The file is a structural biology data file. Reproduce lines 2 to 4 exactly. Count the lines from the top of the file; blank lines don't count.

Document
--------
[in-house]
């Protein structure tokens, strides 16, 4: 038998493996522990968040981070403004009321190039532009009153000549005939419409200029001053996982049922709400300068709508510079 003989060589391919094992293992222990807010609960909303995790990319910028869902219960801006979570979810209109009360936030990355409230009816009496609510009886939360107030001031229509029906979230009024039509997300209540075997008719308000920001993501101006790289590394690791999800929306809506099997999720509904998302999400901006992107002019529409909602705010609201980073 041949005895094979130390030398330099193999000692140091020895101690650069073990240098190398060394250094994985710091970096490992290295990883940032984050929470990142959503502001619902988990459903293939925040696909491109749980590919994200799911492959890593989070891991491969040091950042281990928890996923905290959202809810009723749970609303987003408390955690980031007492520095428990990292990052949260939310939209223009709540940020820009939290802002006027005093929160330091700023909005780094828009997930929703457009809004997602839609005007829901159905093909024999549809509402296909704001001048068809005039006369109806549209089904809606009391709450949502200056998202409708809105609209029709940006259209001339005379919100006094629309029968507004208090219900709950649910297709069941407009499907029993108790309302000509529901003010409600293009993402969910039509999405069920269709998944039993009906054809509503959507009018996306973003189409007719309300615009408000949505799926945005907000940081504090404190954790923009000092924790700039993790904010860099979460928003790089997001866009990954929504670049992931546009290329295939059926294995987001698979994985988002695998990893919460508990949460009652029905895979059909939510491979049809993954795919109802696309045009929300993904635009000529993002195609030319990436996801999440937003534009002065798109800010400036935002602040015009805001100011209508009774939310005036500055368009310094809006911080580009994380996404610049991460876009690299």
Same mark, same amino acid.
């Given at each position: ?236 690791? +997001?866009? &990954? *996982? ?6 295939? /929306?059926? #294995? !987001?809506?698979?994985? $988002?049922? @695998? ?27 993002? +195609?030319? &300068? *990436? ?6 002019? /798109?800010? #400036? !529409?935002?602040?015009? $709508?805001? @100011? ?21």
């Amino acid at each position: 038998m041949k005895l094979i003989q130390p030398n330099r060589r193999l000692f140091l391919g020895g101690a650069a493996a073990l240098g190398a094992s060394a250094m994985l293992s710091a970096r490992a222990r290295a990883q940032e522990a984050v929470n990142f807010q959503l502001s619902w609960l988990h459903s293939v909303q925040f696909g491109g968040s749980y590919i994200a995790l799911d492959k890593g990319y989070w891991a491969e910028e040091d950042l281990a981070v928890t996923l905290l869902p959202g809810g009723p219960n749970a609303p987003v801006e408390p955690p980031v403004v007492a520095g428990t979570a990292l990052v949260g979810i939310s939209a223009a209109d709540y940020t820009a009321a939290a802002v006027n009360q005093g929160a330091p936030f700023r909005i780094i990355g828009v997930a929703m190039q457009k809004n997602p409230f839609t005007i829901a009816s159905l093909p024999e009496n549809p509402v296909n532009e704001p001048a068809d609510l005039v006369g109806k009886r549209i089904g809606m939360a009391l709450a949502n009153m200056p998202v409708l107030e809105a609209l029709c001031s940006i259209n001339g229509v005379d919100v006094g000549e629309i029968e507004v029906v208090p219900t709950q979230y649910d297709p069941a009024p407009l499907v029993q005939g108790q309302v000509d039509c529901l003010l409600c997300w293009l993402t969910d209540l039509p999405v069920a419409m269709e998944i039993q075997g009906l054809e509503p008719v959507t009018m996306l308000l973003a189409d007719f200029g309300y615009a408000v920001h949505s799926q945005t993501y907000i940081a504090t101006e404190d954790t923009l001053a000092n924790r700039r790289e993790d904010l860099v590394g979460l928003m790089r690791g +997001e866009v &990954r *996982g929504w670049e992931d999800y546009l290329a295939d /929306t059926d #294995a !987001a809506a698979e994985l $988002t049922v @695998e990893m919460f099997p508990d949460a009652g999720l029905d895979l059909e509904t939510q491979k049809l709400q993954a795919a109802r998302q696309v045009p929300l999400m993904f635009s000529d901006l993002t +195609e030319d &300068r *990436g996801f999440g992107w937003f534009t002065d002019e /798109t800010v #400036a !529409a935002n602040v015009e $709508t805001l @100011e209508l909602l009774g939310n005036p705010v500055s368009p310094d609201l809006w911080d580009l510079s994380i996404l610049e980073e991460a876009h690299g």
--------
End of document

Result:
């Protein structure tokens, strides 16, 4: 038998493996522990968040981070403004009321190039532009009153000549005939419409200029001053996982049922709400300068709508510079 003989060589391919094992293992222990807010609960909303995790990319910028869902219960801006979570979810209109009360936030990355409230009816009496609510009886939360107030001031229509029906979230009024039509997300209540075997008719308000920001993501101006790289590394690791999800929306809506099997999720509904998302999400901006992107002019529409909602705010609201980073 041949005895094979130390030398330099193999000692140091020895101690650069073990240098190398060394250094994985710091970096490992290295990883940032984050929470990142959503502001619902988990459903293939925040696909491109749980590919994200799911492959890593989070891991491969040091950042281990928890996923905290959202809810009723749970609303987003408390955690980031007492520095428990990292990052949260939310939209223009709540940020820009939290802002006027005093929160330091700023909005780094828009997930929703457009809004997602839609005007829901159905093909024999549809509402296909704001001048068809005039006369109806549209089904809606009391709450949502200056998202409708809105609209029709940006259209001339005379919100006094629309029968507004208090219900709950649910297709069941407009499907029993108790309302000509529901003010409600293009993402969910039509999405069920269709998944039993009906054809509503959507009018996306973003189409007719309300615009408000949505799926945005907000940081504090404190954790923009000092924790700039993790904010860099979460928003790089997001866009990954929504670049992931546009290329295939059926294995987001698979994985988002695998990893919460508990949460009652029905895979059909939510491979049809993954795919109802696309045009929300993904635009000529993002195609030319990436996801999440937003534009002065798109800010400036935002602040015009805001100011209508009774939310005036500055368009310094809006911080580009994380996404610049991460876009690299």
Same mark, same amino acid.
């Given at each position: ?236 690791? +997001?866009? &990954? *996982? ?6 295939? /929306?059926? #294995? !987001?809506?698979?994985? $988002?049922? @695998? ?27 993002? +195609?030319? &300068? *990436? ?6 002019? /798109?800010? #400036? !529409?935002?602040?015009? $709508?805001? @100011? ?21």